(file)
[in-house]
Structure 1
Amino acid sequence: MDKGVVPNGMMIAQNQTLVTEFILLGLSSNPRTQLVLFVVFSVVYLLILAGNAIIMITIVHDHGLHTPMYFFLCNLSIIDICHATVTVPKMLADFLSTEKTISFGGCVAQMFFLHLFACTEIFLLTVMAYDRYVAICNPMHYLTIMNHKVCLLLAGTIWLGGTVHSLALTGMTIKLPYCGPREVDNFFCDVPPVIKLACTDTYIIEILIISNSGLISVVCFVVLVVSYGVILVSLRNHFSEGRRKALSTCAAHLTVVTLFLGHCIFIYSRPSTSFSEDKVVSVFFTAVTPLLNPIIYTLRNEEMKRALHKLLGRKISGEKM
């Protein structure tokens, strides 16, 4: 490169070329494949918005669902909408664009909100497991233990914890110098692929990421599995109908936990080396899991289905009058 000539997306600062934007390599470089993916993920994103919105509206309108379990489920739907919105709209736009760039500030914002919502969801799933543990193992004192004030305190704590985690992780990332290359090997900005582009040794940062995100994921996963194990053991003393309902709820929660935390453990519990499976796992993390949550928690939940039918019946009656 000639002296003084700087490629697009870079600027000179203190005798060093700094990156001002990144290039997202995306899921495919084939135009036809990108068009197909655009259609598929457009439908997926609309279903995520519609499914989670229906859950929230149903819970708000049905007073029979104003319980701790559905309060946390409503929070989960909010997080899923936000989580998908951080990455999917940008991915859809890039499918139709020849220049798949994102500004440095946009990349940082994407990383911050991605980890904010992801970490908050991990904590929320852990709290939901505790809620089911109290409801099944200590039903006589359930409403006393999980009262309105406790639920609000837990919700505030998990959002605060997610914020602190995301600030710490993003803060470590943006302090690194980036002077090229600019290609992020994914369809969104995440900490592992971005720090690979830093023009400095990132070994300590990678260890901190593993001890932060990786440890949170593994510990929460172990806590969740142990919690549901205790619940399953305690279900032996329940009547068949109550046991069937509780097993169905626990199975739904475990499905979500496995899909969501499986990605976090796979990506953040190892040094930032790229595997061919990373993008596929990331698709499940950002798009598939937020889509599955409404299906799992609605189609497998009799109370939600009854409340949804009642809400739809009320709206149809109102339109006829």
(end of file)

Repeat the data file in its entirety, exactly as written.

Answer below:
[in-house]
Structure 1
Amino acid sequence: MDKGVVPNGMMIAQNQTLVTEFILLGLSSNPRTQLVLFVVFSVVYLLILAGNAIIMITIVHDHGLHTPMYFFLCNLSIIDICHATVTVPKMLADFLSTEKTISFGGCVAQMFFLHLFACTEIFLLTVMAYDRYVAICNPMHYLTIMNHKVCLLLAGTIWLGGTVHSLALTGMTIKLPYCGPREVDNFFCDVPPVIKLACTDTYIIEILIISNSGLISVVCFVVLVVSYGVILVSLRNHFSEGRRKALSTCAAHLTVVTLFLGHCIFIYSRPSTSFSEDKVVSVFFTAVTPLLNPIIYTLRNEEMKRALHKLLGRKISGEKM
């Protein structure tokens, strides 16, 4: 490169070329494949918005669902909408664009909100497991233990914890110098692929990421599995109908936990080396899991289905009058 000539997306600062934007390599470089993916993920994103919105509206309108379990489920739907919105709209736009760039500030914002919502969801799933543990193992004192004030305190704590985690992780990332290359090997900005582009040794940062995100994921996963194990053991003393309902709820929660935390453990519990499976796992993390949550928690939940039918019946009656 000639002296003084700087490629697009870079600027000179203190005798060093700094990156001002990144290039997202995306899921495919084939135009036809990108068009197909655009259609598929457009439908997926609309279903995520519609499914989670229906859950929230149903819970708000049905007073029979104003319980701790559905309060946390409503929070989960909010997080899923936000989580998908951080990455999917940008991915859809890039499918139709020849220049798949994102500004440095946009990349940082994407990383911050991605980890904010992801970490908050991990904590929320852990709290939901505790809620089911109290409801099944200590039903006589359930409403006393999980009262309105406790639920609000837990919700505030998990959002605060997610914020602190995301600030710490993003803060470590943006302090690194980036002077090229600019290609992020994914369809969104995440900490592992971005720090690979830093023009400095990132070994300590990678260890901190593993001890932060990786440890949170593994510990929460172990806590969740142990919690549901205790619940399953305690279900032996329940009547068949109550046991069937509780097993169905626990199975739904475990499905979500496995899909969501499986990605976090796979990506953040190892040094930032790229595997061919990373993008596929990331698709499940950002798009598939937020889509599955409404299906799992609605189609497998009799109370939600009854409340949804009642809400739809009320709206149809109102339109006829």